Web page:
there’s something about this picture that makes my heart push against my ribs.
my adorable mother just got back from japan, visiting my sister, on a trip that her and my father almost didn’t take when my father was told a month ago that he’d have to have surgery on a nerve complication in his back.
my parents hadn’t left the united states until their recent adult life, after having sent me overseas numerous times as a kid who didn’t realize how lucky that made him.
i remember being so excited for them to go then but i was especially excited for them to get to see asia, some forty to fifty years after they thought that new york city was the world and the world was new york city. moving to the suburbs of chicago from their urban jungle upbringing was especially hard on my mom, and now she’s been around the world full circle. that’s so wonderful i could cry.
my sisters and i have always appreciate our parents, but not as much as we have in recent years as we all become adults together and they settle into their empty nester life in the home we were raised in.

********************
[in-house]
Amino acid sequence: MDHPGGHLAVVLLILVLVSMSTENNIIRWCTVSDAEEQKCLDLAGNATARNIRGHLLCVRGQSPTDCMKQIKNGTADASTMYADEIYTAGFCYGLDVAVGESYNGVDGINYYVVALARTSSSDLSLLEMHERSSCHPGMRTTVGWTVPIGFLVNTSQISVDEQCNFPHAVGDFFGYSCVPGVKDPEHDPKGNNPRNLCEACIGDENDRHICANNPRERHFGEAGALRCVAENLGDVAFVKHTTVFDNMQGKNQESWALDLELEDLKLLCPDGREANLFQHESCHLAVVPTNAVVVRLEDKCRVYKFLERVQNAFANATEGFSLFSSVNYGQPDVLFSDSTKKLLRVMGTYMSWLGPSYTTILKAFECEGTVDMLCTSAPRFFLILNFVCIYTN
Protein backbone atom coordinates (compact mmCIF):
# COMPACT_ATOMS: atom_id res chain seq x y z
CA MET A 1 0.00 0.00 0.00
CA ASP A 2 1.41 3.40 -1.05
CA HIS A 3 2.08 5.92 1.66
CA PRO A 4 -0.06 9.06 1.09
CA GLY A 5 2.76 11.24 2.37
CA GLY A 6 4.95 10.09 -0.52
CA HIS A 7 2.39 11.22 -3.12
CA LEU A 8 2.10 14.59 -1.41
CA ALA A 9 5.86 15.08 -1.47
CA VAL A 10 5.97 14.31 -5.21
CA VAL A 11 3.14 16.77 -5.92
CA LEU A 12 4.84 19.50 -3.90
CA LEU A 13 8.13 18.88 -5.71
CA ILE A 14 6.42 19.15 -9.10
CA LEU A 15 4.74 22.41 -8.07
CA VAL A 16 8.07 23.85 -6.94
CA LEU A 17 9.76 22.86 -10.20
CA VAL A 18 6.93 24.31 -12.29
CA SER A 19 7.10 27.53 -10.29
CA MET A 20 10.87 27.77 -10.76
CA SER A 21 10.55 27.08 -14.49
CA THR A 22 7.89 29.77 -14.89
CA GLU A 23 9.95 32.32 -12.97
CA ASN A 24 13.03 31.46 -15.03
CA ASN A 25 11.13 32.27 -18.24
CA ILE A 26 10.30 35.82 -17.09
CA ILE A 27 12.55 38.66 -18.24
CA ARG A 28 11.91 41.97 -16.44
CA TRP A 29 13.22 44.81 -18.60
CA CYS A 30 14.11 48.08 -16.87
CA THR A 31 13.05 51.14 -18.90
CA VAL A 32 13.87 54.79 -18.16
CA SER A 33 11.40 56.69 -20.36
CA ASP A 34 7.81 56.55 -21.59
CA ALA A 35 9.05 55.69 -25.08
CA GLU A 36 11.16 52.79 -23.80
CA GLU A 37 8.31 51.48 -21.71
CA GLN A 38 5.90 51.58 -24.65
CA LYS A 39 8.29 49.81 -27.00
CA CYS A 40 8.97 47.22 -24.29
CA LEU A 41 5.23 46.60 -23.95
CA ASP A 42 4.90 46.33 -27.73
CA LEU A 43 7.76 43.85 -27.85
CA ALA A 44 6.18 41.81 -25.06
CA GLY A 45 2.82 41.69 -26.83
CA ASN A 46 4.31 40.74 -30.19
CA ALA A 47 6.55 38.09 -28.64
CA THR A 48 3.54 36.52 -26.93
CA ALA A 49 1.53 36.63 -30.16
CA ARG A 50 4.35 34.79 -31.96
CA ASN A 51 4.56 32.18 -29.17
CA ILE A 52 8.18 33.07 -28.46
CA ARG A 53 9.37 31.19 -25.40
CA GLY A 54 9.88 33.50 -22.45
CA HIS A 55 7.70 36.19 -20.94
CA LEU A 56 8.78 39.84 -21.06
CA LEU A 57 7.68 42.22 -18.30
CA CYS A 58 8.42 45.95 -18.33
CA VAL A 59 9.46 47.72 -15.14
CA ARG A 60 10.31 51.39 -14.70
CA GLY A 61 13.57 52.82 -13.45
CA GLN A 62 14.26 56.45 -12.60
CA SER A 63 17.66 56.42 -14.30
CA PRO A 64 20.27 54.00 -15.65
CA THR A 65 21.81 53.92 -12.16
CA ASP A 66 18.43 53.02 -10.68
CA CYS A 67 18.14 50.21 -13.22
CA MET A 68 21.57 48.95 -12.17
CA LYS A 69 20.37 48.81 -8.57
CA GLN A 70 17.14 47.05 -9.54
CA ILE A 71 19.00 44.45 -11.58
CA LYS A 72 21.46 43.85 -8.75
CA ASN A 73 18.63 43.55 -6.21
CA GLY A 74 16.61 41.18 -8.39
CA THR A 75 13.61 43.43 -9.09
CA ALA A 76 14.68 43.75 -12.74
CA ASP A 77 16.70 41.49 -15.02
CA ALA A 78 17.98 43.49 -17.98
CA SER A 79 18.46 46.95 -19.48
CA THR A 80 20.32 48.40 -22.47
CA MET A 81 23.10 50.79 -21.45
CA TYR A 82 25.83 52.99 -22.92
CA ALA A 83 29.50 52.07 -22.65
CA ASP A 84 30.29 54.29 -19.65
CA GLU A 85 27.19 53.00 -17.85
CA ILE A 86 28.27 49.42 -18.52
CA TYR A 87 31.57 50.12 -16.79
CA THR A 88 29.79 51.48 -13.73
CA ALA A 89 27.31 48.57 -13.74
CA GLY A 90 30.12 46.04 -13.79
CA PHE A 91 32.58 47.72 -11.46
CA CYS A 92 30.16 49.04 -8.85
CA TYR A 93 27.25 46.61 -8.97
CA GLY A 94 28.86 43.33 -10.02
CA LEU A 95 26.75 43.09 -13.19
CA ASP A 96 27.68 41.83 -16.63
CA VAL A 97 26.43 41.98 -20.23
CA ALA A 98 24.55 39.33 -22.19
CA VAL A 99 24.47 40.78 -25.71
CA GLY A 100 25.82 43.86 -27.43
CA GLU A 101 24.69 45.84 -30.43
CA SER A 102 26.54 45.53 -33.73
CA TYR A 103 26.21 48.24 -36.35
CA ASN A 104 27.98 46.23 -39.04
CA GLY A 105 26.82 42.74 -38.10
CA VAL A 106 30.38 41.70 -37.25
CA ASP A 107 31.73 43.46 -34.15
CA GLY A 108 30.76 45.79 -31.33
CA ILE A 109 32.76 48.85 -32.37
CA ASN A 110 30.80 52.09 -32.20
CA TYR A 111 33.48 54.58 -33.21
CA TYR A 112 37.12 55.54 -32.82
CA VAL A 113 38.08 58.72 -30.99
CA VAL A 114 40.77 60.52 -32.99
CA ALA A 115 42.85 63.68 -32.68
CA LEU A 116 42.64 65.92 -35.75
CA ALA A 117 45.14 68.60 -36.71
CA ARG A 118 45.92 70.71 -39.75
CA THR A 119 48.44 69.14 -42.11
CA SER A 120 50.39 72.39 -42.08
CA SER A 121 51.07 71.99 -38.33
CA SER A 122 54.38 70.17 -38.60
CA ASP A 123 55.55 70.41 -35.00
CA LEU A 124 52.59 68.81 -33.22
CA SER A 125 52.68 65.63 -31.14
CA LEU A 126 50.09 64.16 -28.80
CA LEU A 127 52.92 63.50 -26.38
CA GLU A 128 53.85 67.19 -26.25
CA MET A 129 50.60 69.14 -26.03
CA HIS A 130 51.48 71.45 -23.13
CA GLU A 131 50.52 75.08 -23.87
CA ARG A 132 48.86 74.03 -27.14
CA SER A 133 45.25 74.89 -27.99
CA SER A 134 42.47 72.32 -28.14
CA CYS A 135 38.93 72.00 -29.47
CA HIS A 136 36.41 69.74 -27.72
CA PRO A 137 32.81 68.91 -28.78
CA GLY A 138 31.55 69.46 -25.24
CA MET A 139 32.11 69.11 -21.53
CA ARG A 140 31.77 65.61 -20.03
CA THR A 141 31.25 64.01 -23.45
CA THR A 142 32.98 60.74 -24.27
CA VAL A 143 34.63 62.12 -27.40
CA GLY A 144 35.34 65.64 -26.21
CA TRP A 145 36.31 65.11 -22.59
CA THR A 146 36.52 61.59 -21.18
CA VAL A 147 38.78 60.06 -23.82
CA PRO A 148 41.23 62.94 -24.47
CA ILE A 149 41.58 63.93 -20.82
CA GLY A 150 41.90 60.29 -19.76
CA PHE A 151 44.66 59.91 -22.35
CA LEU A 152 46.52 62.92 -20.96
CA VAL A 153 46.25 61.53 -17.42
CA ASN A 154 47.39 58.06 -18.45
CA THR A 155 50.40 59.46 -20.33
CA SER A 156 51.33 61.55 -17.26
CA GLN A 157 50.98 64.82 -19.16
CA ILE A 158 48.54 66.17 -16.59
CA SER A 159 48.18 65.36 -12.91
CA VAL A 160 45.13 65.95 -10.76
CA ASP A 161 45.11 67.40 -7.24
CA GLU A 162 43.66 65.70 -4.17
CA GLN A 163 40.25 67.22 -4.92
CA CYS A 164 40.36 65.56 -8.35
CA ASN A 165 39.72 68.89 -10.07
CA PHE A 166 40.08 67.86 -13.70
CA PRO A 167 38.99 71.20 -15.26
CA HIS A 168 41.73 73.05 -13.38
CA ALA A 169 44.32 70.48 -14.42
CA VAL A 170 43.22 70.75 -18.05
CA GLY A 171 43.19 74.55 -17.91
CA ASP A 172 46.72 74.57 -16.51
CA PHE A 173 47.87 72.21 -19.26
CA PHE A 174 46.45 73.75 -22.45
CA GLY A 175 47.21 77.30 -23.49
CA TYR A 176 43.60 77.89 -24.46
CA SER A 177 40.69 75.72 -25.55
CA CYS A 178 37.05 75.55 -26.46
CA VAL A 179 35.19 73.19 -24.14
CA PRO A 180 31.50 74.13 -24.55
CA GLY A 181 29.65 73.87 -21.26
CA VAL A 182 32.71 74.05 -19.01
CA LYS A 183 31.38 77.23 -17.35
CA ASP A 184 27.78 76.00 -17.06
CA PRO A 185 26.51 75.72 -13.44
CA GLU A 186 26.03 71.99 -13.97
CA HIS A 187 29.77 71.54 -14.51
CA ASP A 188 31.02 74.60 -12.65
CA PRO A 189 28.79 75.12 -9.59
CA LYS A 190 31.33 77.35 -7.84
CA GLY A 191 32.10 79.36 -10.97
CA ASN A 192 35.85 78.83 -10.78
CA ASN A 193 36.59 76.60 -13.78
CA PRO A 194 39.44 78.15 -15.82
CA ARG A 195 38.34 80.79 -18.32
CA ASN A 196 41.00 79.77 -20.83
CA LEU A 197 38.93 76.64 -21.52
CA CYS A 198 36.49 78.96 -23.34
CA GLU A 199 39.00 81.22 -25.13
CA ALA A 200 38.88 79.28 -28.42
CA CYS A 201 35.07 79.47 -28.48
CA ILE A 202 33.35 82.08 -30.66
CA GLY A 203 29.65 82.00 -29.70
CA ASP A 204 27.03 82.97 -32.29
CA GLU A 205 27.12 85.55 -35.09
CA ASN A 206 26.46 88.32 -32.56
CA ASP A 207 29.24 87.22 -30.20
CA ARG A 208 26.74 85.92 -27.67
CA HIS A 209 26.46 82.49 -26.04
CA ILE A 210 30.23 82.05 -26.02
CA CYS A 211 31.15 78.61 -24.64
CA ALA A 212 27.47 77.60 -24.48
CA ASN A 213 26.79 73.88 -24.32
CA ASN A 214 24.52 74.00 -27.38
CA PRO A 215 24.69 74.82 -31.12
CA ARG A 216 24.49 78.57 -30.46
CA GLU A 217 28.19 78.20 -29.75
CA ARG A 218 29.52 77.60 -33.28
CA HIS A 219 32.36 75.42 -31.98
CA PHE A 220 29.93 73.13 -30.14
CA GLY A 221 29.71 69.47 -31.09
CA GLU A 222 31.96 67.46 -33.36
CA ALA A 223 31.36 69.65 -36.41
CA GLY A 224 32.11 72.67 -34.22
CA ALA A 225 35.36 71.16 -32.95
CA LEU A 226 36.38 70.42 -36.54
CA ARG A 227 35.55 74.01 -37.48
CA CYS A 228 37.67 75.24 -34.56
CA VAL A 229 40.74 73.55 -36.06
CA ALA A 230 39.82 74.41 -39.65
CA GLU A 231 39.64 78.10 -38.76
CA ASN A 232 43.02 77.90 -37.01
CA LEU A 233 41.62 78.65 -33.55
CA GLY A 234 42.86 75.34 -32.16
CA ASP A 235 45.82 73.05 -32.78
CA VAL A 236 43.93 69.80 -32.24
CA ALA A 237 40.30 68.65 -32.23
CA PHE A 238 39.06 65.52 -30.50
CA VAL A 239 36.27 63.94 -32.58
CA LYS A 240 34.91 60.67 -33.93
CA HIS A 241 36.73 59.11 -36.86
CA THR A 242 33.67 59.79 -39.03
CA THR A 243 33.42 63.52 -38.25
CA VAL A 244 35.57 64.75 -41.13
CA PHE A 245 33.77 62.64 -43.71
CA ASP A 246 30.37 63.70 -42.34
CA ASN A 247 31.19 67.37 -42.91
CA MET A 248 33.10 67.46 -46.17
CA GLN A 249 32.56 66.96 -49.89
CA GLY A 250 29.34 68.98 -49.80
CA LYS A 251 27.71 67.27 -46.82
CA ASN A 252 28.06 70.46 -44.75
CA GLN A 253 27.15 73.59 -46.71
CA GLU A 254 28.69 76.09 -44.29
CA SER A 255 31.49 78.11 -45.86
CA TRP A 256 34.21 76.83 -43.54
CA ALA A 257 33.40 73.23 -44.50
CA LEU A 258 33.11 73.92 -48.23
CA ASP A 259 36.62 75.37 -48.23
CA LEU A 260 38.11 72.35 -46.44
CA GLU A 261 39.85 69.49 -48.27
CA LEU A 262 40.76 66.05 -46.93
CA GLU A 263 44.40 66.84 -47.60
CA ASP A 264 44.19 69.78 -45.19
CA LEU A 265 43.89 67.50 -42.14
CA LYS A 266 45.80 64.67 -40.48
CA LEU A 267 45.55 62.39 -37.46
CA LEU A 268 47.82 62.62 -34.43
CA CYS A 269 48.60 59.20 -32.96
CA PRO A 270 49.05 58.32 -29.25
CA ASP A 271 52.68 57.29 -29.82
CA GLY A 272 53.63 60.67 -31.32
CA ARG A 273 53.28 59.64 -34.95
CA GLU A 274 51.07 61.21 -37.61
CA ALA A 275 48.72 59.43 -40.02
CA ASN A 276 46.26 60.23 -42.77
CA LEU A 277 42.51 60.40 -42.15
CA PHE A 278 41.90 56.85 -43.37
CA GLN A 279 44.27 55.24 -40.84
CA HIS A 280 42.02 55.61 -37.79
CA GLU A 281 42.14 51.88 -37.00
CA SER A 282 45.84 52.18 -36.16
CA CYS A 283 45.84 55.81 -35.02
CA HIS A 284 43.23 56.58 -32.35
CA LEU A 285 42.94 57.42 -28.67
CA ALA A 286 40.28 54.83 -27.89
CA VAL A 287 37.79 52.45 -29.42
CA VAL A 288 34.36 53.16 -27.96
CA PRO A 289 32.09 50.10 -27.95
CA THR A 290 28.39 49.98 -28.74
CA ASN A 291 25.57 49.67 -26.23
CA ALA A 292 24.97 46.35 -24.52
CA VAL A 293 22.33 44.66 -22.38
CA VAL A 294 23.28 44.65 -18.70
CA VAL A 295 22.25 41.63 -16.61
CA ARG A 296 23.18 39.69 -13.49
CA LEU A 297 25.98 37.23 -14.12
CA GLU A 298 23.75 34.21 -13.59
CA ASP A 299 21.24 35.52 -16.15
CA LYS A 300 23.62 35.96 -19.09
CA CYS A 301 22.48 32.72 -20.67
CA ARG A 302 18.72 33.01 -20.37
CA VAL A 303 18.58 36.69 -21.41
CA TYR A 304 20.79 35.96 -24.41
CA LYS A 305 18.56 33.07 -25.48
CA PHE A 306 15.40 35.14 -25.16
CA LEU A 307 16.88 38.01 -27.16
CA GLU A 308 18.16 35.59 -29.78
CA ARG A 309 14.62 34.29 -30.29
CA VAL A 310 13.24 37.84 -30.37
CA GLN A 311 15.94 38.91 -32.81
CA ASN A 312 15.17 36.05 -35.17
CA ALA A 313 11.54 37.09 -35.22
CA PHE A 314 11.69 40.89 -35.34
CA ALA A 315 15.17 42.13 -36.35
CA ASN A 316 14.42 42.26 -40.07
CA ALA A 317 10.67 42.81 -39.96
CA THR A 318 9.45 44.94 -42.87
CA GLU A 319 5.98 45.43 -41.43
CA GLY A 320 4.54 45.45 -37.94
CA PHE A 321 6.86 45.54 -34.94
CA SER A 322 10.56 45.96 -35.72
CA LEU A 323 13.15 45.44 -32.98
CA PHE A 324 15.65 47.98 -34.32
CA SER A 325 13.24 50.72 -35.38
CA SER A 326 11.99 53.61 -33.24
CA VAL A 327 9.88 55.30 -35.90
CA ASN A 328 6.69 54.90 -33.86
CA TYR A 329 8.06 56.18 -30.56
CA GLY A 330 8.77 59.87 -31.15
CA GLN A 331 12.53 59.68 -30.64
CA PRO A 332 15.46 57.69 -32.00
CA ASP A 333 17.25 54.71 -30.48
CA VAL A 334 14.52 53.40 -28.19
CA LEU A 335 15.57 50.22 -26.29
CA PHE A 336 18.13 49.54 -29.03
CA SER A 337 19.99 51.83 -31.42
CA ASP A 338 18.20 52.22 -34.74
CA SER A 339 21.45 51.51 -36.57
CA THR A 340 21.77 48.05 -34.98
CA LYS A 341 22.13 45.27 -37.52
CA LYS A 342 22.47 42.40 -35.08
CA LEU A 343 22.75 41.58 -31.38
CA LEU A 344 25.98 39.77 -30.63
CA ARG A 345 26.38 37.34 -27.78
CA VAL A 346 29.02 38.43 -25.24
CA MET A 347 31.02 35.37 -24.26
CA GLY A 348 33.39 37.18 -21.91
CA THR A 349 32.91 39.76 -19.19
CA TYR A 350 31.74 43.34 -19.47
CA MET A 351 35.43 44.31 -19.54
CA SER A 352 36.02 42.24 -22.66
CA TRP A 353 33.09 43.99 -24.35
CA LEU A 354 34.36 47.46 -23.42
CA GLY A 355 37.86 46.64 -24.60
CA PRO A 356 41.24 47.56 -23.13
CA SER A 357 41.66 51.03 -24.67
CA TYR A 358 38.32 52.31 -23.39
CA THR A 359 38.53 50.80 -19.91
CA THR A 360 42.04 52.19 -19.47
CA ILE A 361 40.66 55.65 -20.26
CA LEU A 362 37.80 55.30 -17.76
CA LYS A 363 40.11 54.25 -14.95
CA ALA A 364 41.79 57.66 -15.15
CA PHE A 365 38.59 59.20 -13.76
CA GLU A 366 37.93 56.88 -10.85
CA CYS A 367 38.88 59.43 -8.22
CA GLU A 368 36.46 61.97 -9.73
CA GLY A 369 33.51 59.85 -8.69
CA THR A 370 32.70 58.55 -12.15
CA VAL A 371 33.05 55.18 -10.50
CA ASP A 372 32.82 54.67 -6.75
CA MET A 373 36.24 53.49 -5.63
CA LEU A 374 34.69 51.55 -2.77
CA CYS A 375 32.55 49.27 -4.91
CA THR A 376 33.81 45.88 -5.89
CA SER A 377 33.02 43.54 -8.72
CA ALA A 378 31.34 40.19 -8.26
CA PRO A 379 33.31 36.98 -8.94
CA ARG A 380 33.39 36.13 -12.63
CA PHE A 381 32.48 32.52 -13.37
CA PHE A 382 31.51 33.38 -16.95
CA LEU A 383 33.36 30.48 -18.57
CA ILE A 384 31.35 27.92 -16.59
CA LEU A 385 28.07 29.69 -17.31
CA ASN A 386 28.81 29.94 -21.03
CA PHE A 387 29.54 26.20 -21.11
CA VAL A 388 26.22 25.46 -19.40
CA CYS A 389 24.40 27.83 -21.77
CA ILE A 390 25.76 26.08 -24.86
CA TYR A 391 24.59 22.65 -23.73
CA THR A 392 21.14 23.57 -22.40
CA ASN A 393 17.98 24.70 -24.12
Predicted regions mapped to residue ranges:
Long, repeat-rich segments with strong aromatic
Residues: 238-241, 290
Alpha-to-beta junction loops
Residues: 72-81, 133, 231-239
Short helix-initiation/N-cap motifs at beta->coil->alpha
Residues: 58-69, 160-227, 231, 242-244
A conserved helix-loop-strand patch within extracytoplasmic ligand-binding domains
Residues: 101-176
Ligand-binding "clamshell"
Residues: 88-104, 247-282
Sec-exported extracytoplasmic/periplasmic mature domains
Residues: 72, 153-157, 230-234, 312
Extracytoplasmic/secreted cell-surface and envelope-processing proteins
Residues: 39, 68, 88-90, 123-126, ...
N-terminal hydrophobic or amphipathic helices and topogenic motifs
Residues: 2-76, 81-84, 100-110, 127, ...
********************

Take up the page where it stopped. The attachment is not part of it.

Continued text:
the loss of two of my very favorite uncles in the last two years has highlighted the realization for all of us that time is passing every day, and there will be a day when we don’t have them down the street to confide in, laugh with, and poke fun at. they buy us dinner a lot too, and i only hope i’m as diligent about staying on top of wordly issues when i don’t have my dad to mentally wrestle with.
morbid thoughts aside, we’re lucky to be at this point in our lives, all of us.
us kids have our parents gracefully aging right before us, a demonstration of what to aim for, a snapshot of how you become yourself.
mom and dad just flew across the world and saw their baby daughter teaching children about america, living and working in a rural area of distant asia with a huge smile on her face and a self-confidence about the world that you only get once you’ve been all over it.
how great would it be to see your baby daughter like that?